Beginner question:

If we were to leave the historical context aside and redesign the system of musical notation: would we base this around the 12 steps we've divided octaves in?

What strikes me as very confusing and weird is that the notes and intervals (and even the layout of some instruments like the piano) is based around the major scale.

Am I correct in assuming this is just born from the historical context, where perhaps this 7 notes array is all there was, or is there any other reason?

Could we simply call the notes by numbers and their intervals maybe in flat ordinals (or the other way around)? What would we lose by doing that?

It would be awesome if answers can cite technical advantages of the current system vs flat numbers (I already assume a great deal of what we have nowadays is historical, but it's still a struggle for every beginner, I wonder if there are other reasons)

Edit: I'm interested in finding motivation to study theory, but I'm having trouble getting over the feeling that it's way more complex than it should be, so any argument helps

  • 1
    Does it make a lot of sense to cite technical advantages when the field is primarily artistic? What’s the advantage in using numbers to distinguish notes? I have a degree in mathematics and even I don’t like numbers that much. Commented Aug 14, 2018 at 23:43
  • @ToddWilcox ha! valid point. I think the distances are inherently and intuitively mathematic: if you named the notes from 1 to 12, the distance between note 3-7 will be (7-3) or (3+12-7) in inversion I'm just a bit sad that this is so easy to figure out mentally but I'm probably months away from doing that mentally and quickly with the standard notation. So I want to convince myself it has a reason other than "it's the way it is" to motivate me to learn I'm an engineer btw, weirdly enough I do like numbers when they seem to make sense to use
    – Alvaro
    Commented Aug 15, 2018 at 0:03
  • numbers are used heavily in modern atonality (pitch set classes), rhythmic analysis ("The Geometry of Musical Rhythm", Toussaint), and the somewhat older art of the construction of canon ("Technique of Canon", Norden)
    – thrig
    Commented Aug 15, 2018 at 14:59
  • There are also significant mathematical relationships between the frequencies of notes when the 12 note octave is used (going up an octave doubles the frequency). Numbering the notes might be quite confusing given the instrument-specific roles of numbers. Music has a lot of sets of information, and in many cases has to use different numeral systems to express different cardinal values (Roman numerals are used for positions on guitar whereas Arabic numerals are used for fingerings). There is an argument to be made that using numbers might actually make music more confusing.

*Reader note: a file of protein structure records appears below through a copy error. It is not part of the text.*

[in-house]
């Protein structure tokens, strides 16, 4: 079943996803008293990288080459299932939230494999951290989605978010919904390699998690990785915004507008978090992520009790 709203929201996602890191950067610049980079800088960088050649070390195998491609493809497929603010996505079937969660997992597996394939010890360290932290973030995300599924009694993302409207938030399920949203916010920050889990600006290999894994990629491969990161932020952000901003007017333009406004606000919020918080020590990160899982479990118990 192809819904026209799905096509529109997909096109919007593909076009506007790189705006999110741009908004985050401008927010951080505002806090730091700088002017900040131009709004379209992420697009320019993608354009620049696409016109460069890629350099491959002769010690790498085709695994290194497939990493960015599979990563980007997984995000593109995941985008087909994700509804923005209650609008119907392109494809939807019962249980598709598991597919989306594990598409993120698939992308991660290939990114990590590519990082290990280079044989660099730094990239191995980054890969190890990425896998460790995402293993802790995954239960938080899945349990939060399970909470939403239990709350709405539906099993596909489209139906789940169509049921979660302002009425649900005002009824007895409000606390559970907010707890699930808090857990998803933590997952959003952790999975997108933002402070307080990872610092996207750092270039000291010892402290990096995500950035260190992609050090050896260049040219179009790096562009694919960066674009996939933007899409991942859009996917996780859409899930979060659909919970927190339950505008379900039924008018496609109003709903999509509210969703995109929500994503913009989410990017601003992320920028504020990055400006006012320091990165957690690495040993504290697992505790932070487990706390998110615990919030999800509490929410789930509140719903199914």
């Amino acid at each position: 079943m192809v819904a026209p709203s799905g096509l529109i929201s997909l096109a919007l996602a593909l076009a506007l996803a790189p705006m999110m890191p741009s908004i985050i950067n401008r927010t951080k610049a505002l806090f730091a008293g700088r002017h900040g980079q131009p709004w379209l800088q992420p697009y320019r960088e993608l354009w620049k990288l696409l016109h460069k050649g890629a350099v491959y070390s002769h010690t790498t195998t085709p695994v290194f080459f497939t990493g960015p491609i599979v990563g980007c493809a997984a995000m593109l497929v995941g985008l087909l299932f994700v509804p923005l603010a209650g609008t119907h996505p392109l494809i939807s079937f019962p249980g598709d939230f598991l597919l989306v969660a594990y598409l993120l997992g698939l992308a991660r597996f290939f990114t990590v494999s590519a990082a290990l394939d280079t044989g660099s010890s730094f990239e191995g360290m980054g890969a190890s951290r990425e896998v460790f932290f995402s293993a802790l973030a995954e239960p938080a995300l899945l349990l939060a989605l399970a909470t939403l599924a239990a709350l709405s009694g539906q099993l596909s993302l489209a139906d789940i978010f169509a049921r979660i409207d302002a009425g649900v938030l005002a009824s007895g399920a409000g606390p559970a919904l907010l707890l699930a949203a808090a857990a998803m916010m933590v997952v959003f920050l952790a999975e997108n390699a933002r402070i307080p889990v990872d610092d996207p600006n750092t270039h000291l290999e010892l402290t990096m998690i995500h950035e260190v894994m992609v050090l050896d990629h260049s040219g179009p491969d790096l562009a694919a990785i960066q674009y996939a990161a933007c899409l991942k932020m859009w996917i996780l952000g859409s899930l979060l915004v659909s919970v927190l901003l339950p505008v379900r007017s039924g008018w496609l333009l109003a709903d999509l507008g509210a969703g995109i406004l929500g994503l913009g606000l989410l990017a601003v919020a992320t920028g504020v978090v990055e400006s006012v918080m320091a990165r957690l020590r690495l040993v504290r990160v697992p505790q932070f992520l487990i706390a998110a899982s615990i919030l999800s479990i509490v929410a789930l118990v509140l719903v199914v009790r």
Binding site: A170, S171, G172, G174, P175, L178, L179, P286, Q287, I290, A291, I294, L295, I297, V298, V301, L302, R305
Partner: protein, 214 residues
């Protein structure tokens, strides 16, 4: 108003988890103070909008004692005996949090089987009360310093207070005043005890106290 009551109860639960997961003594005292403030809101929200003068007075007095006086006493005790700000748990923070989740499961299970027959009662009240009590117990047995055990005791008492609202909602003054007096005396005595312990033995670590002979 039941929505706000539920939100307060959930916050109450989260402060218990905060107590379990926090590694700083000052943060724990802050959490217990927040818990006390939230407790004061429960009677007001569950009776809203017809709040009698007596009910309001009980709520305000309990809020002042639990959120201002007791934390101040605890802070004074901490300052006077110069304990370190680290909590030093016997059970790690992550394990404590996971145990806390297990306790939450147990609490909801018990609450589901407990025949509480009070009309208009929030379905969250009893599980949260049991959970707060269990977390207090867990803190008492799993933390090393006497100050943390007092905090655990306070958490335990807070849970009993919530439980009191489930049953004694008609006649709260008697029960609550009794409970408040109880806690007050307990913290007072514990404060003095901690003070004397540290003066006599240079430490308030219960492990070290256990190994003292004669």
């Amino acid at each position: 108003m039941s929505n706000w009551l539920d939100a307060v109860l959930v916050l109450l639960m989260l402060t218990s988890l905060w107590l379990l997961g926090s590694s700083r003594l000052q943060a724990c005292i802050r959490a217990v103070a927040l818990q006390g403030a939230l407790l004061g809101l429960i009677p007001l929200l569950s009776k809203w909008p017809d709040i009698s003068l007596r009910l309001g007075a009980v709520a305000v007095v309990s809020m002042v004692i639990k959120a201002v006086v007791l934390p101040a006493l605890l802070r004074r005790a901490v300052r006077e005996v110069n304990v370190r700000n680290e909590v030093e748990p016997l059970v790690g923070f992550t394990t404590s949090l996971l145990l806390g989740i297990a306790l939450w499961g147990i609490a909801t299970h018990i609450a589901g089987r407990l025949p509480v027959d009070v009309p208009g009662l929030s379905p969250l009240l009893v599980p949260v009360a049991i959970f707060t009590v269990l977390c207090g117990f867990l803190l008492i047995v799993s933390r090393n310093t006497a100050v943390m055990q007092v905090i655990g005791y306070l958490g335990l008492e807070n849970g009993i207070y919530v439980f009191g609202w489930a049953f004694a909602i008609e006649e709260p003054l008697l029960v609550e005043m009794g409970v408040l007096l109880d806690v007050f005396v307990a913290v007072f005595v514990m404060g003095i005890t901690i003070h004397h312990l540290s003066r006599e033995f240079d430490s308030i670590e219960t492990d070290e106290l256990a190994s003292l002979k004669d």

– Ambluj
    Commented Aug 16, 2018 at 0:44
  • 1
    @Ambluj thanks for your input! I could argue though, that the frequencies increase logaritmically, so this would even generate a direct relationship between the note and it's frequency Think about this: what if we name them in base 12: "0123456789AB" We could name the octave directly in a compound number eg: 7A is the A note in the 7th octave. This notation would also be directly linked to the log of the frequency, would it not? Sorry for the random thought :)
    – Alvaro
    Commented Aug 16, 2018 at 0:59

2 Answers 2


Western music makes harmonic sense in relation to diatonic scales. A simple-minded accompaniment to nuersery school kind tunes is singing a third or sixth above or below. That's conceptually simple but it doesn't map to a simple concept in chromatic intervals: you get a haphazard sequence alternating between minor and major thirds (3 or 4 semitones). Trying to play this kind of thing on an inherently chromatically organized instrument (like a chromatic button accordion) takes quite a bit of practice.